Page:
AM: No, with the blues album – I still want to do that – but it’s a funny line to cover because you can end up sounding like a nasty pub blues thing. It’s really hard to get the dirt and authenticity that you want. As regards this album – bar ‘Right As Rain’ and ‘All Signs Of Life’ which I already had melodies and lyrics in my head – the rest of the stuff we wrote together. We had a couple of different methods of writing. Something like ‘Changeling’ for example, he would have sent me just a loop, and from that I then wrote the three sections – the verse, the bridge and the chorus – and put them together. Then I would send that back to him and he would re-paint around them – strip away what he was not sure about before building it up again. ‘When I Was Your Girl’ was a song I wrote on guitar and then sent to him so that he could work on it.

Were you sending each other ideas from other sources or inspirations?

AM: No, we completely avoided that. The great thing about this record – and it kind of reminds me of the Yazoo days – is that we had no A&R men. So there wasn’t anybody telling us about demographics – which really happens all the time – and you feel like you have to constantly compromise to keep the label sweet, otherwise they’ll just fuck it all off. But for this, there was no other label that wanted to sign me for anything other than covers, and I’d had quite a few offers. I don’t have an aversion to singing other people’s songs, but it was really important for me to make a creative move, and I didn’t want to make a record for record’s sake. So the great thing about Guy is that he really got me. He got me straight off and I really got him, and he knew there was no record deal on the table, so we worked in his downtime. He effectively supported this project and it’s amazing. I could get anyone to make a coffee table album with me, but for someone to be edgier with me and to recognise the worth [in doing something different] is not very easy.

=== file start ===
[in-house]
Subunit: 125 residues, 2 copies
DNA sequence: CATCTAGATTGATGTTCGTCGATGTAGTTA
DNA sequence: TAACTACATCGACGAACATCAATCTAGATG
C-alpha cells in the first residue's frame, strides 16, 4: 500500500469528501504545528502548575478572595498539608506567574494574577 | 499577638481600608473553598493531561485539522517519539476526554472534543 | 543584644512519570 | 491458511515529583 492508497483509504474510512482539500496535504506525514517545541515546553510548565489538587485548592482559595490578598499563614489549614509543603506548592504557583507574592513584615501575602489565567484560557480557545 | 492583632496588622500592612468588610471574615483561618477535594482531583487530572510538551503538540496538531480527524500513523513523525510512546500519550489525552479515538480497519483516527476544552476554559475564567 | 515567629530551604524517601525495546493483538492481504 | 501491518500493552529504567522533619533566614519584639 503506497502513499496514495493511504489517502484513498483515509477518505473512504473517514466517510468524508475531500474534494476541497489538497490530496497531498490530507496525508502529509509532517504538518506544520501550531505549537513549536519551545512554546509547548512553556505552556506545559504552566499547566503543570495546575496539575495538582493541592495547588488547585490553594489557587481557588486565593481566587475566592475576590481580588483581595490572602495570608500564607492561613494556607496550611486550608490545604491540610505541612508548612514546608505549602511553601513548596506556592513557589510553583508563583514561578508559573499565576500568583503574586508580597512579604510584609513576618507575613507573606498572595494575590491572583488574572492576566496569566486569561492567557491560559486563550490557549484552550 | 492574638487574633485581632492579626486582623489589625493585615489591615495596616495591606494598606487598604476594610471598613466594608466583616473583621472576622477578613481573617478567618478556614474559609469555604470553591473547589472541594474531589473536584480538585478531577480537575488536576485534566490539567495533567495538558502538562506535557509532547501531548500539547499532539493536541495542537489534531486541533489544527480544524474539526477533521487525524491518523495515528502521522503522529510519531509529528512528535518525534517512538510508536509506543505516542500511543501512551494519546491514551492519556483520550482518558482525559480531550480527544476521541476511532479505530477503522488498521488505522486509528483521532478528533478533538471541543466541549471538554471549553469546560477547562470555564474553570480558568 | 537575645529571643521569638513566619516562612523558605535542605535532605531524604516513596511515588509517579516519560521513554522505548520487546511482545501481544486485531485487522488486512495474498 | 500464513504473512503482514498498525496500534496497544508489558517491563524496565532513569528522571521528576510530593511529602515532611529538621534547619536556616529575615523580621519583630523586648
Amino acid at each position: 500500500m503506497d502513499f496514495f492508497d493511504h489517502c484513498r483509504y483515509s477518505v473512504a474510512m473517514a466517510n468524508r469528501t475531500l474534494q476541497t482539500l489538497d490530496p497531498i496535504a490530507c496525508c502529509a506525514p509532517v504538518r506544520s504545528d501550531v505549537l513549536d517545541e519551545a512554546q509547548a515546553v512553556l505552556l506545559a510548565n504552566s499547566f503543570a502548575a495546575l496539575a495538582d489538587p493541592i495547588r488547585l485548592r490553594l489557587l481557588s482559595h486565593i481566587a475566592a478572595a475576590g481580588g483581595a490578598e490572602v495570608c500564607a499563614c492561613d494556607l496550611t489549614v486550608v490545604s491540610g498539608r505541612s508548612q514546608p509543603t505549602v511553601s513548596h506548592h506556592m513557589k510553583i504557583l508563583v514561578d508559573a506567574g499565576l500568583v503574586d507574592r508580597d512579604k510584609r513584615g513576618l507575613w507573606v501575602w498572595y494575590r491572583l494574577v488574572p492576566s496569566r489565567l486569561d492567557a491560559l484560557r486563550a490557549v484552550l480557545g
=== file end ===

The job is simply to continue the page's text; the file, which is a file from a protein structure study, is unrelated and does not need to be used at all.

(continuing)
I would imagine that the safest route becomes almost default for a lot of artists.

AM: That’s because you don’t have the choice. For myself, I can honestly say I’ve never needed it, and I don’t mean financially, but I mean spiritually. I don’t need attention for attention’s sake. Don’t get me wrong, I’ve made a record and I absolutely love it and it’s had a great reception, but I don’t need to be recognised for the sake of it.

You’ve described it as your happiest studio experience, and, well, you’ve had a few now, but that enthusiasm shines through. I enjoyed the pie chart you put out showing the percentage of ballads…

AM: [laughs] Well that was the amazing thing, it really was like being in a band again, and there’s something about writing a whole album with one person that makes both of you feel really connected to it, and Guy is so excitable. He’s this shy, reserved fellow who seems to speak the same language as me musically. I love his enthusiasm. He’s driven by music and not by hits, and it’s not like he’s anti-hits, but I’ve met some people who wouldn’t dream of doing something that would affect their sellable position.

That’s a rare thing…